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Latest Paleo-Indians Stories

Most Complete Ancient Skeleton From New World Sheds New Light On Human Migration
2014-05-16 07:33:27

Lawrence LeBlond for redOrbit.com - Your Universe Online An international team of scientists have uncovered the most genetically complete human skeleton from the New World yet, dating back more than 12,000 years. The skeleton, discovered in an underwater cave system in the Yucatan Peninsula, is that of a 12-year-old girl who fell into the once dry open pit, breaking her pelvis and likely killing her instantly from the 190-foot fall, according to researchers. Now, the team, a body of...

2012-07-11 13:34:05

Scientists have found that Native American populations – from Canada to the southern tip of Chile – arose from at least three migrations, with the majority descended entirely from a single group of First American migrants that crossed over through Beringia, a land bridge between Asia and America that existed during the ice ages, more than 15,000 years ago. By studying variations in Native American DNA sequences, the international team found that while most of the Native...

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2011-03-25 06:10:00

Scientists have uncovered ancient stone tools and thousands of other artifacts dating back 15,500 years at an archaeological dig in Texas, suggesting that humans settled the continent 2,500 years earlier than previously believed. The site, located in the Buttermilk Creek complex near Austin, is now the oldest settlement ever found in North America, scientists reported Thursday. The findings could challenge conventional beliefs about who the first American inhabitants were, and when they...

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2011-03-05 11:12:13

Oregon, Smithsonian-led team uncovers numerous artifacts at late Pleistocene sites on the Channel IslandsEvidence for a diversified sea-based economy among North American inhabitants dating from 12,200 to 11,400 years ago is emerging from three sites on California's Channel Islands.Reporting in the March 4 issue of Science, a 15-member team led by University of Oregon and Smithsonian Institution scholars describes the discovery of scores of stemmed projectile points and crescents dating to...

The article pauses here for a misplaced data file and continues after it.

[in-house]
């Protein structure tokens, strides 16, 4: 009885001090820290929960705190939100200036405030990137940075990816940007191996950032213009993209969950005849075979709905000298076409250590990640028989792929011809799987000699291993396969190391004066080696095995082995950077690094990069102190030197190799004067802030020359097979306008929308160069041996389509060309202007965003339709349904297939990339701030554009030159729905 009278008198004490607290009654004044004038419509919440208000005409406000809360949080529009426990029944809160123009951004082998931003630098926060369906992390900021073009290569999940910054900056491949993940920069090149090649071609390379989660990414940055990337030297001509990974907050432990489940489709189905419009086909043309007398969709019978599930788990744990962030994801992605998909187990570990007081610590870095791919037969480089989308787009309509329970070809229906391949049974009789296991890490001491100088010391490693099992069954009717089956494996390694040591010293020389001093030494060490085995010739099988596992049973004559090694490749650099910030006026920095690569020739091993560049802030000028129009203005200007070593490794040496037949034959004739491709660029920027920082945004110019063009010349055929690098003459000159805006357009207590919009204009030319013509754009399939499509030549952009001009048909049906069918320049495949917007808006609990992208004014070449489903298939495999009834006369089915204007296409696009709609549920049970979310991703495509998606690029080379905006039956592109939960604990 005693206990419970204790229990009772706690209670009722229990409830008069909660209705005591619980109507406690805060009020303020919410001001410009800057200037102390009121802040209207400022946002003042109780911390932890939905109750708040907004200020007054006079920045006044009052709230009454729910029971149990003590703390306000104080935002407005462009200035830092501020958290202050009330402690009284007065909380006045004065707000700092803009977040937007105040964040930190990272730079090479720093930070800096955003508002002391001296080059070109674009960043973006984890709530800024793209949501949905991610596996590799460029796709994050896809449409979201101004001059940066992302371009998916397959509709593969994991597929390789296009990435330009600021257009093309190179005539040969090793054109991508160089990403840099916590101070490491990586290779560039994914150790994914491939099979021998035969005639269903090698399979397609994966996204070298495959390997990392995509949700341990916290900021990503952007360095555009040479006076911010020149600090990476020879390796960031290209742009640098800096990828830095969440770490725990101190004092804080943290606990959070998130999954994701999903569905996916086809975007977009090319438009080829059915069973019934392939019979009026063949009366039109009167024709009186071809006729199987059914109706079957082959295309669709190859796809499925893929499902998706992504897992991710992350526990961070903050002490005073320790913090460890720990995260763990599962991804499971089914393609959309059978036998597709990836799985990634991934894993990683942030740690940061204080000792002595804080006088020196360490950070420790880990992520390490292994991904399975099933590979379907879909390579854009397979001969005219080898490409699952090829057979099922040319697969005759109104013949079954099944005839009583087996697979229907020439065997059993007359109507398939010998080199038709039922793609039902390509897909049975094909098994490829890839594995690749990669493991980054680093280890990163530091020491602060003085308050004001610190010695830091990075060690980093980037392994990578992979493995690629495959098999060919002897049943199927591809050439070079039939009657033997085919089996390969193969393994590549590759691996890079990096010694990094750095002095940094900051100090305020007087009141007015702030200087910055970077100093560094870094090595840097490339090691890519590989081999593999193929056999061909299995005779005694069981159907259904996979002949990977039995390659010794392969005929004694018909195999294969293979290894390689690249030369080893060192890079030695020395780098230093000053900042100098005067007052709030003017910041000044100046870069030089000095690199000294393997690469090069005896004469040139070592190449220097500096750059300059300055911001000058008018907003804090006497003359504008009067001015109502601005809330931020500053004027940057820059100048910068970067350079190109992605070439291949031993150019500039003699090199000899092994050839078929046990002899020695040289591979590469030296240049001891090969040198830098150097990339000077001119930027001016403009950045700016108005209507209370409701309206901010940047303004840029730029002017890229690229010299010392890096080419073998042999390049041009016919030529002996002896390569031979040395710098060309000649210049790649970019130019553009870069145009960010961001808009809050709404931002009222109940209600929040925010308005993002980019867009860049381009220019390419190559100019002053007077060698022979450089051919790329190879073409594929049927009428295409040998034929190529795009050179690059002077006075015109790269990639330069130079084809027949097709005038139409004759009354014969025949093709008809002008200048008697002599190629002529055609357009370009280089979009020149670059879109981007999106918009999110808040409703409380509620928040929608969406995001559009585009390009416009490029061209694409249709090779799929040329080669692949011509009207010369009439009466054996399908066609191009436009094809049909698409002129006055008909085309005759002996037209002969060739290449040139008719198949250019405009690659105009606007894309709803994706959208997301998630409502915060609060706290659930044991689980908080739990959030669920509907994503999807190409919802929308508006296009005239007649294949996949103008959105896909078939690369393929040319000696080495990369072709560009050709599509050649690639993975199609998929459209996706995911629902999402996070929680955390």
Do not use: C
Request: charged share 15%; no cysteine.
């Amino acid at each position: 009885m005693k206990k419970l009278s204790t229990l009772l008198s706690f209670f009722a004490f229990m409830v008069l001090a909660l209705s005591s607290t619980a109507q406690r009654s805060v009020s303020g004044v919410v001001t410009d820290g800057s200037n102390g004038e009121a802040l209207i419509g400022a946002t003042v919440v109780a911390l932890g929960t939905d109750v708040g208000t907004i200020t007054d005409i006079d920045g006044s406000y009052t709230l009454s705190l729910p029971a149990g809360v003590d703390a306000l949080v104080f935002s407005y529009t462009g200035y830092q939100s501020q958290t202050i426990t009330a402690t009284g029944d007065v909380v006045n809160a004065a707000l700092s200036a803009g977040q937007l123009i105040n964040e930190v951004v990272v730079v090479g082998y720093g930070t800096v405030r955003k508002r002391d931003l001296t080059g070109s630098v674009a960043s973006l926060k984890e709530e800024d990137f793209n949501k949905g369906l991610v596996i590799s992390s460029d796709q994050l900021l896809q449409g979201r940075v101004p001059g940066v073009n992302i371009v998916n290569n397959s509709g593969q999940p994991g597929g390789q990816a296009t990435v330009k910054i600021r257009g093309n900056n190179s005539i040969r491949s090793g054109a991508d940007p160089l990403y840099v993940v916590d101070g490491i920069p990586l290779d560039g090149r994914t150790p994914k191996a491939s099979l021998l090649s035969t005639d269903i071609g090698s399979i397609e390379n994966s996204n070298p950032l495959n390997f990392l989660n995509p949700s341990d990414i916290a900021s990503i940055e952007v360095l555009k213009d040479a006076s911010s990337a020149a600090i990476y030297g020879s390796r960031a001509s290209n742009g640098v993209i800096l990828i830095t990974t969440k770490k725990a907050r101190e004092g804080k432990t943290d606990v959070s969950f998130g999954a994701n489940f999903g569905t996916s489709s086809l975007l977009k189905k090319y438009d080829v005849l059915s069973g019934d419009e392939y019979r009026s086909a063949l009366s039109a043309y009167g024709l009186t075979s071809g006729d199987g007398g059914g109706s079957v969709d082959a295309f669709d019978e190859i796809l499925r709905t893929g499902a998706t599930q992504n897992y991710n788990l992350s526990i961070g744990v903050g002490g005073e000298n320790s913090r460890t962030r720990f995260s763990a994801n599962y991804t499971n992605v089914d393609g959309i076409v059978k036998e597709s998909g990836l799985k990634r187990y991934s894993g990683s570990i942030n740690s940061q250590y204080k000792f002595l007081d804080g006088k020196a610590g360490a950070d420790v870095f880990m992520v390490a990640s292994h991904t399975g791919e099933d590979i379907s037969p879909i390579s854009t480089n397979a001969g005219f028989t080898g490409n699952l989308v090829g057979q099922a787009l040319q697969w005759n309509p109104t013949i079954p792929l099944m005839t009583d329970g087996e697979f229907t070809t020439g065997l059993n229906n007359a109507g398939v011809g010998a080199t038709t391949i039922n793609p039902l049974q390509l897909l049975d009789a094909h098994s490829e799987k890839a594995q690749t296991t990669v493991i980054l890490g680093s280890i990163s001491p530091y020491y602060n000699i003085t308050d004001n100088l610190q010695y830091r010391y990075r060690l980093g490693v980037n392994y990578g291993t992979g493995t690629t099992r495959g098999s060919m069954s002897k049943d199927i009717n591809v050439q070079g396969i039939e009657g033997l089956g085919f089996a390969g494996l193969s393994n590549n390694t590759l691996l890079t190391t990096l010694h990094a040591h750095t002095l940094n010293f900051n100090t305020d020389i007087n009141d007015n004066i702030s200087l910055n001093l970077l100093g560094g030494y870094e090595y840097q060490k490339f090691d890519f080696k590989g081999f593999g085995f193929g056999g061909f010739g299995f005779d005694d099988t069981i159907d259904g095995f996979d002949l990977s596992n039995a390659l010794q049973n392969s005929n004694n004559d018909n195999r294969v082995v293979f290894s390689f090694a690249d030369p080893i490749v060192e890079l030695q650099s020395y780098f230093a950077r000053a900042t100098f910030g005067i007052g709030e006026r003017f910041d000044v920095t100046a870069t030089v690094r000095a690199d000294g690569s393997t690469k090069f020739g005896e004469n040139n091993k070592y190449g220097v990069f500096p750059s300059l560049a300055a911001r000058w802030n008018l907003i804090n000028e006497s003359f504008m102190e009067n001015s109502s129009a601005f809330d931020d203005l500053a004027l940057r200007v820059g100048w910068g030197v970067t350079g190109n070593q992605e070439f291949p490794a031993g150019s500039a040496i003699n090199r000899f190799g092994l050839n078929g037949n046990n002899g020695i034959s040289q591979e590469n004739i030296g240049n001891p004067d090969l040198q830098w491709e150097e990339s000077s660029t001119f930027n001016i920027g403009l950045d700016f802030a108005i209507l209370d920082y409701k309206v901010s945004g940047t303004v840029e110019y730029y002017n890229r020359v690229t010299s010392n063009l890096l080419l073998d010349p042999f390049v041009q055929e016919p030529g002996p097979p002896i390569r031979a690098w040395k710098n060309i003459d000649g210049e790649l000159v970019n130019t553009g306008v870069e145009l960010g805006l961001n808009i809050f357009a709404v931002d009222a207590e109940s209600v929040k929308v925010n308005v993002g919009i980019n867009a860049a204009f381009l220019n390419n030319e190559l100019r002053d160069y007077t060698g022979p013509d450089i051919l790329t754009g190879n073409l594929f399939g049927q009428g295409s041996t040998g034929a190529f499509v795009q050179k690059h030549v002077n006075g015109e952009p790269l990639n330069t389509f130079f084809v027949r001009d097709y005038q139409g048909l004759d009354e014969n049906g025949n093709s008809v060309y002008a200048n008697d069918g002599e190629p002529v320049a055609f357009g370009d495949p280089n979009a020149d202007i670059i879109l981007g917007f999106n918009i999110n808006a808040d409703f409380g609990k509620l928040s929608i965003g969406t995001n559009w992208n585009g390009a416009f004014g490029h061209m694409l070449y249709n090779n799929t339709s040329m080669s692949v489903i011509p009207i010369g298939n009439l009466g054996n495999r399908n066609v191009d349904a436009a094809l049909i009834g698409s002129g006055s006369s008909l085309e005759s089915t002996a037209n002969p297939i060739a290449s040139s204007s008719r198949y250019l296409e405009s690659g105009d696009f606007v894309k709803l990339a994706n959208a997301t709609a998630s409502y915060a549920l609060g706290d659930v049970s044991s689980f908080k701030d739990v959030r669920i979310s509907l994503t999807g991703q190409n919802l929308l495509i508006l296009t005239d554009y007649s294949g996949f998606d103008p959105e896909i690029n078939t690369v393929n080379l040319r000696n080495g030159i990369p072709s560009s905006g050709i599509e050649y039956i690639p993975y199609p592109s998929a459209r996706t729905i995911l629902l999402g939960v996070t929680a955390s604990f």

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2010-09-30 07:57:57

New research challenges the controversial theory that an ancient comet impact devastated the Clovis people, one of the earliest known cultures to inhabit North America. Writing in the October issue of Current Anthropology, archaeologists Vance Holliday (University of Arizona) and David Meltzer (Southern Methodist University) argue that there is nothing in the archaeological record to suggest an abrupt collapse of Clovis populations. "Whether or not the proposed extraterrestrial impact...

2010-04-12 11:25:00

Study suggests that Ice Age climate change did not pose significant challenges to first Americans Paleoindian groups* occupied North America throughout the Younger Dryas interval, which saw a rapid return to glacial conditions approximately 11,000 years ago. Until now, it has been assumed that cooling temperatures and their impact on communities posed significant adaptive challenges to those groups. David Meltzer from the Southern Methodist University in Dallas, USA, and Vance Holliday from...

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2008-03-17 16:53:34

Scientists, including University of Oregon archaeologist Jon Erlandson, cite radiocarbon dating of bones at coastal archaeological sitesClovis-age natives, often noted for overhunting during their brief dominance in a primitive North America, deserve clemency in the case of California's flightless sea duck. New evidence says it took thousands of years for the duck to die out.A team of six scientists, including Jon M. Erlandson of the University of Oregon, pronounced their verdict in the...


Word of the Day
snash
  • To talk saucily.
  • Insolent, opprobrious language; impertinent abuse.
This word is Scots in origin and probably imitative.